Jigsaw (Tobin Bell) may be dead but the game isn't over in Saw IV, a slick sequel that gets the floundering series back on track. After a tape recorded message is found in Jig's stomach, Detective Hoffman (Carlos Mandylor) and SWAT Commander Riggs (Lyriq Bent) are thrown into yet another fiendishly complex morality play. With restless flashbacks fleshing out the late Jigsaw's origins and a collection of infernal torture implements shredding the flesh of the living, it's a cut above the rest of Saw's sequels.
Killing off its serial killer villain, Saw III left the franchise with a major headache; how to make a Saw movie without Jigsaw? The answer: don't. Instead, flashbacks show us the making of Bell's monster, a lost family, cancer and car wreck turning him into Jigsaw, the twenty-first century's first bona fide horror icon. Bell plays him as pallid and chillingly still as always; meanwhile, the rest of the cast wade through blood and severed limbs as the sadist's inventively nasty machines do all the hard work. One poor gal is scalped, a rapist is quartered and a survivor from Saw III spends ninety minutes dancing on a melting block of ice; if he falls off, the noose around his neck will ensure he doesn't make it to Saw V.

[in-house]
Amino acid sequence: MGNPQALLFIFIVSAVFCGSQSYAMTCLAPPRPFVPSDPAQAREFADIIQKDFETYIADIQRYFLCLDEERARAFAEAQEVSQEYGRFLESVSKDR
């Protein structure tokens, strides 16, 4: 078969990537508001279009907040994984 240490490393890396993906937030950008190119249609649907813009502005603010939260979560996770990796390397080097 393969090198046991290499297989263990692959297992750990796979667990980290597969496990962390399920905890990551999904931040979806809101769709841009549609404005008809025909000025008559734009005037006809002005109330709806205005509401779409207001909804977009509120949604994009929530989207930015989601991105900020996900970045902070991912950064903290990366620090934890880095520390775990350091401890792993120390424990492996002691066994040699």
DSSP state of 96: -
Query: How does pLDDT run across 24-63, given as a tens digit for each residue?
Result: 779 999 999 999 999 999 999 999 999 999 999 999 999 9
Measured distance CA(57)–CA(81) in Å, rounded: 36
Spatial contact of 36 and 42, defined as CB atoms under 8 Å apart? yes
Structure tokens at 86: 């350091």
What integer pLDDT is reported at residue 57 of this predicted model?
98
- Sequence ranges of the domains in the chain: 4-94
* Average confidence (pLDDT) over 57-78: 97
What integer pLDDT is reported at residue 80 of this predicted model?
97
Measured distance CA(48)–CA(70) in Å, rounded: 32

"A TRULY MISERABLE WORLD"
With two sequels already on his resume, helmer Darren Lynn Housman nails the series' dank, yellowing aesthetic once again. He sticks us in a truly miserable world so lacking in human kindness it could be set in '80s, pre-Giuliani, New York. It's deeply unsettling; just like a horror movie should be. True, the labyrinthine plot makes little sense (is making it impossible to follow a deliberate ploy to ensure DVD sales?) - but then Saw's always been about sensation: an assault on the the stomach, not the brain.
Saw IV is out in the UK on 26th October 2007.